There are a few offbeat openings that Black can choose apart from 2… e6 (Lines 170-285), 2… g6 (Lines 123-169) and 2… c5 (Lines 116-122), and they are examined in this opening line. Move 2… c6 most frequently transposes to the Slav Defense, after 3. Nc3 d5 or 3. Nf3 d5, so the main focus of this line are the Old Indian Defense (2… d6) and the Budapest Gambit (2… e5).
The Old Indian resembles the King’s Indian, but the fact that the Knight on d7 and the Bishop on e7 are not as active as in the King’s Indian, gives White freedom to seize the center. After 2… d6 3. Nf3 Nbd7 4. Nc3 e5 5. e4 Be7 6. Be2 c6 7. O-O O-O White holds a stable advantage both with 8. Qc2 and 8. Be3.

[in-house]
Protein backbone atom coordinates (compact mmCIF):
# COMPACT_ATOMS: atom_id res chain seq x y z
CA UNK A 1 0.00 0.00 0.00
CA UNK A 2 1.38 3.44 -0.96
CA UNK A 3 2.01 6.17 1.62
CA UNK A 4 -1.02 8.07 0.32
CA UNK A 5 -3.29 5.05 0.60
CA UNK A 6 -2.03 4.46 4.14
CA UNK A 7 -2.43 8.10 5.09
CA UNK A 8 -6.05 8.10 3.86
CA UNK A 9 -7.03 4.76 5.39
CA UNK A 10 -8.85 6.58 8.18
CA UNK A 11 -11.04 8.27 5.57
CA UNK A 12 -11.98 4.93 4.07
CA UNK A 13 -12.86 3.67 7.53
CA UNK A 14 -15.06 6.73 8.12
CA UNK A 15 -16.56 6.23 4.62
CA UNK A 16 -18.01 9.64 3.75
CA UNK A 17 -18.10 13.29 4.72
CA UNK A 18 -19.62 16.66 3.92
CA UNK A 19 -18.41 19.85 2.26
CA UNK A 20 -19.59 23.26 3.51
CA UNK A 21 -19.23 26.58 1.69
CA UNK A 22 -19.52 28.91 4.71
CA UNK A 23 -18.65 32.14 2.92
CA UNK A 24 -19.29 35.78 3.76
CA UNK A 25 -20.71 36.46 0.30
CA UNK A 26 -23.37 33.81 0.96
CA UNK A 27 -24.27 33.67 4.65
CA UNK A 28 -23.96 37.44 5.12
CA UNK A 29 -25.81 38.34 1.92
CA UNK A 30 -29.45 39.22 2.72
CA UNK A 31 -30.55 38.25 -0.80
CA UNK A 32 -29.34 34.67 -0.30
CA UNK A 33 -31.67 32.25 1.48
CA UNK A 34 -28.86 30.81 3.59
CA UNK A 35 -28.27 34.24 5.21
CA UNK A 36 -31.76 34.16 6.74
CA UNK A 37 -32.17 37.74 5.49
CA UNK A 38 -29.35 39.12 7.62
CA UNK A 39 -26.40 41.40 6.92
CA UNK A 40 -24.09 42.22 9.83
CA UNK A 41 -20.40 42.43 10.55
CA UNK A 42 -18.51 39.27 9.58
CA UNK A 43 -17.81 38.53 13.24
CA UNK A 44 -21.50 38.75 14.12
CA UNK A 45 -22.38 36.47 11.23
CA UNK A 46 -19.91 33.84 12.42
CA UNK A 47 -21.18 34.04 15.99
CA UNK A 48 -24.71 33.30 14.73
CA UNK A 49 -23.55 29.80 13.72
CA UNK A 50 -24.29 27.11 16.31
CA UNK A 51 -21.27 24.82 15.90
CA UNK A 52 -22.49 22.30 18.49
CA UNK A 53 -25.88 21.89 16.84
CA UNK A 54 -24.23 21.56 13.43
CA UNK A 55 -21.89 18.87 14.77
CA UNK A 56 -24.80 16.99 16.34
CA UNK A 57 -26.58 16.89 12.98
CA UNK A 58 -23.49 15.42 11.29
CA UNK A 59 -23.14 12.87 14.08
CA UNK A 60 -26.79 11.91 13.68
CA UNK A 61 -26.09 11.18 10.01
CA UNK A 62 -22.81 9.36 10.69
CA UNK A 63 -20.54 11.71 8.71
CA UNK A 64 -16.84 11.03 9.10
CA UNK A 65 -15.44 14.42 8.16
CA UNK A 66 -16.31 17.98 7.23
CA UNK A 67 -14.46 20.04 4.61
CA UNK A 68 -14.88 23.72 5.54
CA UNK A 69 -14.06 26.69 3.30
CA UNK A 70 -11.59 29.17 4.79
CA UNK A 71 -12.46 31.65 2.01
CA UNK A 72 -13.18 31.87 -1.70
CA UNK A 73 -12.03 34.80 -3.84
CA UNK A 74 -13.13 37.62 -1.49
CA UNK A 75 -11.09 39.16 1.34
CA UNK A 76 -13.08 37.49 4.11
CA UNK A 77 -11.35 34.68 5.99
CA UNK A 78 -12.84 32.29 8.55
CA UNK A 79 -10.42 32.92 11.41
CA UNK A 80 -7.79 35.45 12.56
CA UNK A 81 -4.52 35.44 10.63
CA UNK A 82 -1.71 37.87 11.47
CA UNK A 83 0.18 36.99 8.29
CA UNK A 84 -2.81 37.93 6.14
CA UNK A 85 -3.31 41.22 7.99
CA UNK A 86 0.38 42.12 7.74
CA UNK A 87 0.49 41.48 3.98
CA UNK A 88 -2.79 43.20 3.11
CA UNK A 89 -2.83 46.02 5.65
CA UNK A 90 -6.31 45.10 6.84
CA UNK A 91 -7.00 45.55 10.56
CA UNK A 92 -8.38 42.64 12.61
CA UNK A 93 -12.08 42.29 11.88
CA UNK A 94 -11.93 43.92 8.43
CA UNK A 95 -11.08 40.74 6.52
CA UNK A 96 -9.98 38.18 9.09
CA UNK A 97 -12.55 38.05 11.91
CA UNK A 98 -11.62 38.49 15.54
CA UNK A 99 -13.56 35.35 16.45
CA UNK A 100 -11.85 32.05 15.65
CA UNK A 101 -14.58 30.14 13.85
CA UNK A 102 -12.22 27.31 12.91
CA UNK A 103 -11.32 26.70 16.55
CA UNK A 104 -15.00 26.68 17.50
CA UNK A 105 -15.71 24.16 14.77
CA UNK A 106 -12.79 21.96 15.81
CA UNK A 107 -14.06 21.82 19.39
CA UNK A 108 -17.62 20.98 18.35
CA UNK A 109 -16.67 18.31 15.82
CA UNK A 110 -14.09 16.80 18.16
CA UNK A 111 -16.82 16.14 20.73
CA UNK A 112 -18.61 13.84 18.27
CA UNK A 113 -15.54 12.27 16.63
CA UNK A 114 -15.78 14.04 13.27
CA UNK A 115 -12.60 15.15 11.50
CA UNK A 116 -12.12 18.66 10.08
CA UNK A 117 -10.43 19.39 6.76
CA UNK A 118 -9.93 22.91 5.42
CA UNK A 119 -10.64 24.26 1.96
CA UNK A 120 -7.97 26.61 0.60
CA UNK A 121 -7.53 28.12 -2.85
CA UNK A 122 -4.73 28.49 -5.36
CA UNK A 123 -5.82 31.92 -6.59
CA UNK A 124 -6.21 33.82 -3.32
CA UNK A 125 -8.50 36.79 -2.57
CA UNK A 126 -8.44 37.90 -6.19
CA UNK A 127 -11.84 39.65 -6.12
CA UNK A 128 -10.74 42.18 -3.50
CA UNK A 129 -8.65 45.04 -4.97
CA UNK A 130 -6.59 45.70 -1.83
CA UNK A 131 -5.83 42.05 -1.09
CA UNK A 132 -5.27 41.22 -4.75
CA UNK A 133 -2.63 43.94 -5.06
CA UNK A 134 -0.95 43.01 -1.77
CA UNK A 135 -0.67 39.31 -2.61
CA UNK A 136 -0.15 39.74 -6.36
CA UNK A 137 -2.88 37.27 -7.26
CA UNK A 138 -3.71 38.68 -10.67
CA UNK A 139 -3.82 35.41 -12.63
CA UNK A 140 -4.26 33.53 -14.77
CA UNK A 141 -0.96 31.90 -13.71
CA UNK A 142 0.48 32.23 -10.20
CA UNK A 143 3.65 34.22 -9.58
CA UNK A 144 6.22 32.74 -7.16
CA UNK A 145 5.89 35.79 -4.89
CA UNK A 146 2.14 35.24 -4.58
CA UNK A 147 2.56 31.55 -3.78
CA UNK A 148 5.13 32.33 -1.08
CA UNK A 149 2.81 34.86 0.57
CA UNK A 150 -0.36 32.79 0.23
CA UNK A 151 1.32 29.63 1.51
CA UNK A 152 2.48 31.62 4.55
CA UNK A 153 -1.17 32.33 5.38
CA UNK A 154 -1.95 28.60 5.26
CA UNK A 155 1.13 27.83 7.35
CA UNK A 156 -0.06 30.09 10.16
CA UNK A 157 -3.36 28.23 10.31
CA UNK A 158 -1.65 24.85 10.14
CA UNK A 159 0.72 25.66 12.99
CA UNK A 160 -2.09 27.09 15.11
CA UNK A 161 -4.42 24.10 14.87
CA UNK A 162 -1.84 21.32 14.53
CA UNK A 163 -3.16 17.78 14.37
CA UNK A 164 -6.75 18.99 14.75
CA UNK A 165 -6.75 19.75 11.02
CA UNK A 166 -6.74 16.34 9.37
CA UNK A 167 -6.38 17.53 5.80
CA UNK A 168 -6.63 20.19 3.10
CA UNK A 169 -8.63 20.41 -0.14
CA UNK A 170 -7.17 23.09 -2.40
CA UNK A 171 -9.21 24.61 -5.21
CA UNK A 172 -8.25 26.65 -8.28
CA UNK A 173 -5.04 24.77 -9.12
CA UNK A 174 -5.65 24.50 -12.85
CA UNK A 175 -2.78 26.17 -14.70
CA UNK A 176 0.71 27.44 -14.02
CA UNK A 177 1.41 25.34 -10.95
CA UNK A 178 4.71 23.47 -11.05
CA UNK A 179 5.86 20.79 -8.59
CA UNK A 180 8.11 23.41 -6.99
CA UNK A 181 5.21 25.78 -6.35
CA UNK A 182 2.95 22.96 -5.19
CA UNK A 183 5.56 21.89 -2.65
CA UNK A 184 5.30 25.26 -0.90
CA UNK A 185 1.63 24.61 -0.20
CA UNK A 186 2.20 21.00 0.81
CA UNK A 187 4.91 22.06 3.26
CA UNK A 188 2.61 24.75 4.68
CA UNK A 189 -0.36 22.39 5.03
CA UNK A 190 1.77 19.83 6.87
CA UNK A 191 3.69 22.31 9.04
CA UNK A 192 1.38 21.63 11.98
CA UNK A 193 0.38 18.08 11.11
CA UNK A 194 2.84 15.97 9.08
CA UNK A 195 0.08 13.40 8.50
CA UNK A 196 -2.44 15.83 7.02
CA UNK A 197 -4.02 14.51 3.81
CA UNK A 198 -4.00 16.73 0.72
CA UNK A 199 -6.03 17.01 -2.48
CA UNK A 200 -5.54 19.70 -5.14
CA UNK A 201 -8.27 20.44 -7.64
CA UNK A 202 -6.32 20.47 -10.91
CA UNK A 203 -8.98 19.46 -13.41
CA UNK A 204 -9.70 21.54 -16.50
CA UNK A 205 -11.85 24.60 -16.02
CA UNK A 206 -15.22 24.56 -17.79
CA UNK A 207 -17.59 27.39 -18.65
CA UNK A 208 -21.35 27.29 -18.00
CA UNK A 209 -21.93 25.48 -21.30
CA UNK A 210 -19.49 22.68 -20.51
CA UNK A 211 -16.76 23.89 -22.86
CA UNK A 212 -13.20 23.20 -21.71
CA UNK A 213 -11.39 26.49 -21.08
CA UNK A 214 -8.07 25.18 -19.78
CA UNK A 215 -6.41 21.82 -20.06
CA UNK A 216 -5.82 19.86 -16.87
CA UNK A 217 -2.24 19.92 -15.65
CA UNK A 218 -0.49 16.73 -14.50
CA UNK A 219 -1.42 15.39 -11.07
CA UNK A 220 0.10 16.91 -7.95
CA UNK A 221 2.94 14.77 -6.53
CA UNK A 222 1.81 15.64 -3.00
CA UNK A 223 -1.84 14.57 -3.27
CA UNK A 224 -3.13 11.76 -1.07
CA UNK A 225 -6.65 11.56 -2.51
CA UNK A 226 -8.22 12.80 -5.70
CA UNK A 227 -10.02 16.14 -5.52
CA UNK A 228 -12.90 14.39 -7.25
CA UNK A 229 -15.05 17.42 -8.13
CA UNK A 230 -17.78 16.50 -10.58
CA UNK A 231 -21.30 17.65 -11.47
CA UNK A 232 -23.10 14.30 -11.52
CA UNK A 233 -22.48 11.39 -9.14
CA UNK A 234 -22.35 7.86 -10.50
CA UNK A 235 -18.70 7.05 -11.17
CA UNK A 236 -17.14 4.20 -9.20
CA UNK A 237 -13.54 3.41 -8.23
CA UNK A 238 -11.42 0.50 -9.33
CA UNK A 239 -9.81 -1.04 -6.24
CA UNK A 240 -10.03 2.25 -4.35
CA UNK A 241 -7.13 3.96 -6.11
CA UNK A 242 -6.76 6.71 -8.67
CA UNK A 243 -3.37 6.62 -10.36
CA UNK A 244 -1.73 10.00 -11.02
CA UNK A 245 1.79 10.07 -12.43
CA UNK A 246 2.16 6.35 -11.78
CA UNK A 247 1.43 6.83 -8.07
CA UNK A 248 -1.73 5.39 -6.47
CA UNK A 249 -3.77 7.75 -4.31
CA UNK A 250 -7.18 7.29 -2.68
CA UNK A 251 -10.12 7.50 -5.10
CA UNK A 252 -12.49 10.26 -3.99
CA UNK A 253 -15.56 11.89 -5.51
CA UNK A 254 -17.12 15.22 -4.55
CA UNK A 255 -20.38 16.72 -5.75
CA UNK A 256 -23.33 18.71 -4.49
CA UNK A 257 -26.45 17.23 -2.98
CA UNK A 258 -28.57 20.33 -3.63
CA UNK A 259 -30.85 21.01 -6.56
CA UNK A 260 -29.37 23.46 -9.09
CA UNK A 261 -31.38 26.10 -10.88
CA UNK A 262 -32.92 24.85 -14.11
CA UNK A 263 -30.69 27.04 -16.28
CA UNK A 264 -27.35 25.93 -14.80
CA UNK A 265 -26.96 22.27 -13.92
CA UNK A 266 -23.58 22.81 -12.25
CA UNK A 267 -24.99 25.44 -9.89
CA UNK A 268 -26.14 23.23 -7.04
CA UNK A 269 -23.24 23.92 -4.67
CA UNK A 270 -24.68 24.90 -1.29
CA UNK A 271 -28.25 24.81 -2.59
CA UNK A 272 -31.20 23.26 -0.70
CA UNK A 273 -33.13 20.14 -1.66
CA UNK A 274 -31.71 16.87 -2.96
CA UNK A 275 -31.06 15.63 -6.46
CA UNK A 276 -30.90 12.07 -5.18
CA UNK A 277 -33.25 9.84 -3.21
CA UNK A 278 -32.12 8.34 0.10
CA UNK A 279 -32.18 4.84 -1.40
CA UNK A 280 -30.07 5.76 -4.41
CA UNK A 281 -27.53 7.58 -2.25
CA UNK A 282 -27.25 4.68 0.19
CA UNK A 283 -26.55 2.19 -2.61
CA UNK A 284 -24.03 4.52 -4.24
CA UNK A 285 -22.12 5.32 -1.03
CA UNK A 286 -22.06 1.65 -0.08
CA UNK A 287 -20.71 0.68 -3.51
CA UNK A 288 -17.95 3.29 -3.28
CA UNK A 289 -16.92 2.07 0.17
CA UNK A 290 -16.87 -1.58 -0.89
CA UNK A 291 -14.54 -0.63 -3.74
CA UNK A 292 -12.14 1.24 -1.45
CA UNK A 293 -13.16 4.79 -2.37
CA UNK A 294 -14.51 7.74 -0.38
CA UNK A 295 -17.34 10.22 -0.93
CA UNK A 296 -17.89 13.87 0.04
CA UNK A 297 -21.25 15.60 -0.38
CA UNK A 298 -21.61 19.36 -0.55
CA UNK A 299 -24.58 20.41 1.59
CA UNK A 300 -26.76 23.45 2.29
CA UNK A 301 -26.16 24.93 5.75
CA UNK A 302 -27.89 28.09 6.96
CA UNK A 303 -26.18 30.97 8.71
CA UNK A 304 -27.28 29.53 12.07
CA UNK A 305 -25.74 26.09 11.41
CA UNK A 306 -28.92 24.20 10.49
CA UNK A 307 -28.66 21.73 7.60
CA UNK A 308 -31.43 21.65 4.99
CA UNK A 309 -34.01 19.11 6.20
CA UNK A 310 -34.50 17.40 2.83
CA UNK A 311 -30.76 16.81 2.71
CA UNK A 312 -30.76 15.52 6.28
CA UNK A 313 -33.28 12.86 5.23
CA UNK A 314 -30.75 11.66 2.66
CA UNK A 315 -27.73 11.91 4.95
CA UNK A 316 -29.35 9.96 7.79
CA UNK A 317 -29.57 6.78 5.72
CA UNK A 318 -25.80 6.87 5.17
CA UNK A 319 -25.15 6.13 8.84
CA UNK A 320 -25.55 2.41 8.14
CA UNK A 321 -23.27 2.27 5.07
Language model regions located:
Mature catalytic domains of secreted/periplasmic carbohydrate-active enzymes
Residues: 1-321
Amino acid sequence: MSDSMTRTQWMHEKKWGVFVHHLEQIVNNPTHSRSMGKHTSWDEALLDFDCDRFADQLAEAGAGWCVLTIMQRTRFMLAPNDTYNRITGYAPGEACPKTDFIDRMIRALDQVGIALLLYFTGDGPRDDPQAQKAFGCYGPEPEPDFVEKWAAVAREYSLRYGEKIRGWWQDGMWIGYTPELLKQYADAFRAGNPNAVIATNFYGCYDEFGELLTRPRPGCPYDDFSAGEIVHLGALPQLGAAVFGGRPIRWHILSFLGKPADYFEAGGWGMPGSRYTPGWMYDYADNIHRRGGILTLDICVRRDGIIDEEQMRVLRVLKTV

The Budapest Gambit, though interesting and unconventional, doesn’t give Black equal play. After 2… e5 3. dxe5 Ng4, the most promising move is 4. Bf4. Black should avoid 4… g5 in view of 5. Bg3 Nc6 6. Nf3 Bg7 7. h4 and he gets in serious trouble. He should play 4… Nc6 5. Nf3 Bb4+ instead, though here White also obtains an edge both after 6. Nc3 and 6. Nbd2.
[Diagram: Black to Move] White would be glad to trade off the Queens, but Black has other plans; Qh3 is not possible because the Rook on e8 is hanging, so how can Black launch an almost decisive attack?
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